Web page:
I have seen weather balloon measurements of air.

Why is this done? Aren't the measurements we take on the ground enough?


3 Answers 3


The reason is that we need them! And we could probably do with more of them (e.g. bigger launch budgets).

Surface observations will tell us where fronts are, where low and high pressure is, and how surface temperature and moisture are being advected. We can also deduce large scale ascent or descent (vertical motion) from surface divergence and convergence. We might even be able to provide very short term forecasting, though the skill won't be great. To know how the surface will evolve you need to know what is going on above the surface.

If we know what the 500 mb surface looks like, we can combined this information with the surface fields and some quasi-geostrophic theory and do better with short term forecasts. With just one upper air layer we can see how the feedbacks between the mid/upper-troposphere and the surface will behave and better predict the development and motion of low pressure systems.

To provide more accurate forecasts, have a shot at predicting convection, and provide longer term forecasts we need more information about the vertical structure of the atmosphere. The current state of models are such that one of the best things we can do to improve them are to provide better initial conditions (better observations and more of them). Balloon launches are a great way of getting this data. Ground and satellite based observations can provide parts of this, but we still benefit from being able to directly sample the atmosphere and to calibrate the remote sensing algorithms with the radiosondes.

One example of the necessity of balloon launches is in convection. Knowing only surface convergence, temperature and moisture is important, but does not tell the whole story. If the 850 mb temperatures are too warm, it won't matter how good the surface observations look, you won't get convection. How much energy the storm can tap into depends on the temperatures all the way up to the tropopause (and higher if you want to know how high the cloud tops will be). Knowing what type of storm to expect depends on knowing the winds in at least the bottom 6 km of the atmosphere. Having vertical information provided by a radiosonde is the difference in only being able to say "the air is warm and juicy" versus being able to say "expect isolated supercells today with large hail and straight-line wind damage" or "despite the high dew points, the capping inversion and associated CIN will suppress all convection today -- no storms" given the exact same surface observations.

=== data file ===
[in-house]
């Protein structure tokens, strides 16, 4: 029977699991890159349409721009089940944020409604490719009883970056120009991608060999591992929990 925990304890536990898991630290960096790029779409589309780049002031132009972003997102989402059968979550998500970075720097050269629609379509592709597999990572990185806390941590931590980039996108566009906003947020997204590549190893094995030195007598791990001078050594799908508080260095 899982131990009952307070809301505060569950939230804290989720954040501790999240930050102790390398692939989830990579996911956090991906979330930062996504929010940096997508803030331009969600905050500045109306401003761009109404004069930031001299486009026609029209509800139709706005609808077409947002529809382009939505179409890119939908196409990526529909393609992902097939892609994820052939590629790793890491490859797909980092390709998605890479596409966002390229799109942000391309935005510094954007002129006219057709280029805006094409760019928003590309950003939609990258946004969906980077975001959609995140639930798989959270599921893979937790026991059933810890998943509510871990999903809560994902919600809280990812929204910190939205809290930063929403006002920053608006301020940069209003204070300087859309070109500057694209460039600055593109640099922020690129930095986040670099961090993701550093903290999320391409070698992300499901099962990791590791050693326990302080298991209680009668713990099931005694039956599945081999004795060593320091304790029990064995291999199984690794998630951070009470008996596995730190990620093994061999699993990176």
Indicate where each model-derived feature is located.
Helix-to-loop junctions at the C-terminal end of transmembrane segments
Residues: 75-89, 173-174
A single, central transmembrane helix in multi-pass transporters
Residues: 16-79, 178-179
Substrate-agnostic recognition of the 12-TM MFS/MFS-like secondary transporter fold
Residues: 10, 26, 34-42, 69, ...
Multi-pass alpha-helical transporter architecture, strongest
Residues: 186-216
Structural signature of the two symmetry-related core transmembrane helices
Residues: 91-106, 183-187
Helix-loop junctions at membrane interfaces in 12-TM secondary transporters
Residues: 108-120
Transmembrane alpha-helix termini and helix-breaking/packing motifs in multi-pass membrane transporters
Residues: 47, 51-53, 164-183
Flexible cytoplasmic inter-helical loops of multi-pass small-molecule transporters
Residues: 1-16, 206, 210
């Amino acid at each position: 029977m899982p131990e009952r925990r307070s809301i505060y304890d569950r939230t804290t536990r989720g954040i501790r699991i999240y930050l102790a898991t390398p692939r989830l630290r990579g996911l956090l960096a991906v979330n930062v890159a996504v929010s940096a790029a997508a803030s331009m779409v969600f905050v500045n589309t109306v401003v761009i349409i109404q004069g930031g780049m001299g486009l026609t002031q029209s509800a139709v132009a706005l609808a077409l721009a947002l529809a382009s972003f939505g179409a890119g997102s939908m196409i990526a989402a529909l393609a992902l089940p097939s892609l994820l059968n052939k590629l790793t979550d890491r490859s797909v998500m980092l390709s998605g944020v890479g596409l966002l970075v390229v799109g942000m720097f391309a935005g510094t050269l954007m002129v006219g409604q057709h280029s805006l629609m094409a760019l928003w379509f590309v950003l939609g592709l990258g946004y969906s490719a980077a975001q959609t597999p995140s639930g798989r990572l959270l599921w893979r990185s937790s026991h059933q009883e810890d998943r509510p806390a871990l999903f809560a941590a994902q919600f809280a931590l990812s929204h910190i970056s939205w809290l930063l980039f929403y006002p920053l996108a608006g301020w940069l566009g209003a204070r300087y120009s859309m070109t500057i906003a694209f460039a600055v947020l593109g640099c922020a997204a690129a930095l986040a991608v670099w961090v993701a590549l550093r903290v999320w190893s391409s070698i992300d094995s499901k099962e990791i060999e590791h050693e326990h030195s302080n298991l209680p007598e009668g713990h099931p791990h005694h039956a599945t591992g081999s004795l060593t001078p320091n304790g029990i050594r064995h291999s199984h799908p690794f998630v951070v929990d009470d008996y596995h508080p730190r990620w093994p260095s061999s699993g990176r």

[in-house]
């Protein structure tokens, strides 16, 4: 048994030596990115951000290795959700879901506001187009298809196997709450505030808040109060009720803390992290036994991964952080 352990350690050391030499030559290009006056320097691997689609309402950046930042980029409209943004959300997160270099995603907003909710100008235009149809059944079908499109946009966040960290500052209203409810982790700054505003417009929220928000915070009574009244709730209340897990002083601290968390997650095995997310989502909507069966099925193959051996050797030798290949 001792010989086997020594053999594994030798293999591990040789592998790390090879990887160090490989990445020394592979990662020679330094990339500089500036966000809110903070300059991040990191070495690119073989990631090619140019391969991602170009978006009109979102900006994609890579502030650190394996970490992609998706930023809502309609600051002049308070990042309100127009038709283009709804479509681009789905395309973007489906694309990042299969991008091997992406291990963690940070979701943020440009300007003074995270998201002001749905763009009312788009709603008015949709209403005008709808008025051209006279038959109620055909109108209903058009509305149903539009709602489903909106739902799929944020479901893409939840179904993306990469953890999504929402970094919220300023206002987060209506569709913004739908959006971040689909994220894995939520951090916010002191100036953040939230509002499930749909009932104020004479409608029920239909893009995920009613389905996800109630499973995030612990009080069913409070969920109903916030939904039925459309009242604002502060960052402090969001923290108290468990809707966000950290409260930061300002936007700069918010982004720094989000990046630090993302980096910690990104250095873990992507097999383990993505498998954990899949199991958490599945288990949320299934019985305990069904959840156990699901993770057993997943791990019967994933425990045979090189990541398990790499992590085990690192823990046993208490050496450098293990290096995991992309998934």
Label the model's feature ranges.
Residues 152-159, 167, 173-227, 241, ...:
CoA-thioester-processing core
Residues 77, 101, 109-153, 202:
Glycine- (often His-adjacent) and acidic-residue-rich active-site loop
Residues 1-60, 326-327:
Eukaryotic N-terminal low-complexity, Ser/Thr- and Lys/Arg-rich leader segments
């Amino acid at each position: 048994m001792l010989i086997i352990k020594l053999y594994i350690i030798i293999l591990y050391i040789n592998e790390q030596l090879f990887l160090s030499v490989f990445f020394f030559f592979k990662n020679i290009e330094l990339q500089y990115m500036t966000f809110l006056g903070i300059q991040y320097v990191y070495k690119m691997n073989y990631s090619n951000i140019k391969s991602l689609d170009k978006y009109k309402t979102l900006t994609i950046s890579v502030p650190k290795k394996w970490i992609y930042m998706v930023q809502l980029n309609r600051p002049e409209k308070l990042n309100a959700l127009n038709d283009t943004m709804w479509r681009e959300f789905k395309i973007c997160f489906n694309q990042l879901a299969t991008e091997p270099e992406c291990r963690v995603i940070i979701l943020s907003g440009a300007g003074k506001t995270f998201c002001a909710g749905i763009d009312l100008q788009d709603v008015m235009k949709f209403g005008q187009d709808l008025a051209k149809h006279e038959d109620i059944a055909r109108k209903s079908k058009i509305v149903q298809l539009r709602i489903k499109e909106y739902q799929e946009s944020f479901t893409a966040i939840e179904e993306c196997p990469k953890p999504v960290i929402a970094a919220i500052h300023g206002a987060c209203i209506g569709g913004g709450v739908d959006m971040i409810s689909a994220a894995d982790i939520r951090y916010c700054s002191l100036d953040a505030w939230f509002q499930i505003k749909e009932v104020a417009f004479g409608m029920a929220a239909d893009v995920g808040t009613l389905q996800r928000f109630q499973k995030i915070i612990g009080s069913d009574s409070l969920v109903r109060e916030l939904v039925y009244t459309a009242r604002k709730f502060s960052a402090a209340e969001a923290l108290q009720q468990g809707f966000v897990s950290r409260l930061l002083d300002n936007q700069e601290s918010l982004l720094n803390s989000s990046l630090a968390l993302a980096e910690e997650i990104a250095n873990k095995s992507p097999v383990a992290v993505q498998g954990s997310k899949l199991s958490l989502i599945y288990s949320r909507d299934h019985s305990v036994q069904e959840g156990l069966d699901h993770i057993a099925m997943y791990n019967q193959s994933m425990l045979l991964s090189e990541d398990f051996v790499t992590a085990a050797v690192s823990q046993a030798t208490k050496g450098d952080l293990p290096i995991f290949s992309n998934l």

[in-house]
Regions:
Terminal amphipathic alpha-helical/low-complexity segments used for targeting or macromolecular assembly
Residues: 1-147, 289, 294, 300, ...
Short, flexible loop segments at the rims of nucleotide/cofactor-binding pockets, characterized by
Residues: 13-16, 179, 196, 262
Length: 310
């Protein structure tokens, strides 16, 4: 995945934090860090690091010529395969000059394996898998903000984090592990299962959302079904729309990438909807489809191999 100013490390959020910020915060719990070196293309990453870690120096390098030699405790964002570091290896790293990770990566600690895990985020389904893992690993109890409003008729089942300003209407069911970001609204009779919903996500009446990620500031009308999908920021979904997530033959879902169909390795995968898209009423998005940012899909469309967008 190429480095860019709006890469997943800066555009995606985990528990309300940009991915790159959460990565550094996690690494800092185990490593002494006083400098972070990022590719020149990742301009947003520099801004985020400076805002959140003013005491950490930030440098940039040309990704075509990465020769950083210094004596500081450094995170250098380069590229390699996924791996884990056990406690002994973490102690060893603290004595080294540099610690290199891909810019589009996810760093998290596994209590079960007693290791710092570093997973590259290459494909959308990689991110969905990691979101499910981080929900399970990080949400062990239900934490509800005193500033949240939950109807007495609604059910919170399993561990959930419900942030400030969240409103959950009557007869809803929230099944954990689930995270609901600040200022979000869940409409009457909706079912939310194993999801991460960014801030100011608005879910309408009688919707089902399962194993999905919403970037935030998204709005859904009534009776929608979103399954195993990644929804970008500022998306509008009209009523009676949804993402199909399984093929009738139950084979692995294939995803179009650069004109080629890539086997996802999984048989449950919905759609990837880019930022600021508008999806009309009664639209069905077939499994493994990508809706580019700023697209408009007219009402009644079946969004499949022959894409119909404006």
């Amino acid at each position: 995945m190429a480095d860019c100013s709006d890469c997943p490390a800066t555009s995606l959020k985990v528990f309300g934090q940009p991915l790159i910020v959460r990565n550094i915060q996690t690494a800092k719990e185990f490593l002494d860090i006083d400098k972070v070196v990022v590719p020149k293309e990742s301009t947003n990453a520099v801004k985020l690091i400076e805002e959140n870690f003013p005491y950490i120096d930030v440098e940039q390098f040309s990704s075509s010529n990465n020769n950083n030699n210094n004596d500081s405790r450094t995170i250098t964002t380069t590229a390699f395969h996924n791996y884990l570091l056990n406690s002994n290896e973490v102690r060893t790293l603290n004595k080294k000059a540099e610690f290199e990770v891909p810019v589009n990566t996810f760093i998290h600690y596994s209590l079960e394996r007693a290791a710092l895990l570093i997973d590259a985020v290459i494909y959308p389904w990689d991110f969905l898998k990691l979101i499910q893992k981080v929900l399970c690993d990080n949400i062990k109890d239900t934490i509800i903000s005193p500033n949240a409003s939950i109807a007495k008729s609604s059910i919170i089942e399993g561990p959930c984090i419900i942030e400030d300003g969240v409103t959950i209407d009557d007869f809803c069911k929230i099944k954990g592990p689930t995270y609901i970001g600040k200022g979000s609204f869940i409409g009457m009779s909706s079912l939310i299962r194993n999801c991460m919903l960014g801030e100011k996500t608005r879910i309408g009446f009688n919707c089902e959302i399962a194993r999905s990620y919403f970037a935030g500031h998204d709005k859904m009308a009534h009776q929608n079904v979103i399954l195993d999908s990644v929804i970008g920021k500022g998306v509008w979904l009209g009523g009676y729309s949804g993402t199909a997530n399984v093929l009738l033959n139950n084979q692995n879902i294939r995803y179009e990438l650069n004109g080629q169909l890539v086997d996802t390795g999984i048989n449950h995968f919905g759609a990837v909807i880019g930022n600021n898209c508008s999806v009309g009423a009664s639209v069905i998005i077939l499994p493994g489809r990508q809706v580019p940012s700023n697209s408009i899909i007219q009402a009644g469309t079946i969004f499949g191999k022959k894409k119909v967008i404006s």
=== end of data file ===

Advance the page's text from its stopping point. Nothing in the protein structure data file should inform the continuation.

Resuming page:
And yes, models can give us the upper air structure to base these kind of statements on, but remember the radiosonde launches are where a lot of the upper-air data comes from that allows the models to work well comes from.


The atmosphere is dynamic both horizontally and vertically. You cannot provide services like weather forecasts without a true measurement of the atmospheric conditions in the troposphere and stratosphere across the globe. Satellite retrievals also rely upon measured vertical profiles for calibration of the final products.


Radiosondes are an essential source of meteorological data, and hundreds are launched all over the world daily. Worldwide there are more than 800 radiosonde launch sites. Most countries share data with the rest of the world through international agreements. Nearly all routine radiosonde launches occur 45 minutes before the official observation time of 0000 UTC and 1200 UTC, so as to provide an instantaneous snapshot of the atmosphere. This is especially important for numerical modeling. In the United States the National Weather Service is tasked with providing timely upper-air observations for use in weather forecasting, severe weather watches and warnings, and atmospheric research. The National Weather Service launches radiosondes from 92 stations in North America and the Pacific Islands twice daily. It also supports the operation of 10 radiosonde sites in the Caribbean.

  • $\begingroup$ I had a related question. Please let me know if I need to ask it as a separate question. Can a weather balloon sent up be brought back down safely ? $\endgroup$
    – user1066
    Commented Nov 23, 2014 at 1:53
  • $\begingroup$ When the balloon finally bursts, the sonde comes down. ua.nws.noaa.gov/factsheet.htm "Less than 20 percent of the approximately 70,000 radiosondes released by the NWS each year are found and returned to the NWS for reconditioning. These rebuilt radiosondes are used again, reducing the cost of the weather balloon program." For special purpose sondes, I've heard of people putting GPS trackers on them so they can be retrieved. $\endgroup$
    – f.thorpe
    Commented Nov 23, 2014 at 2:49

Forecasts that incorporate the 3-dimensional structure of the atmosphere are more accurate than those that only use the surface structure.

  • 2
    $\begingroup$ This is probably right, but the answer could be improved with a more in depth explanation, as this SE strives to provide more detailed explanations than other sites $\endgroup$
    – Neo
    Commented Nov 22, 2014 at 22:49

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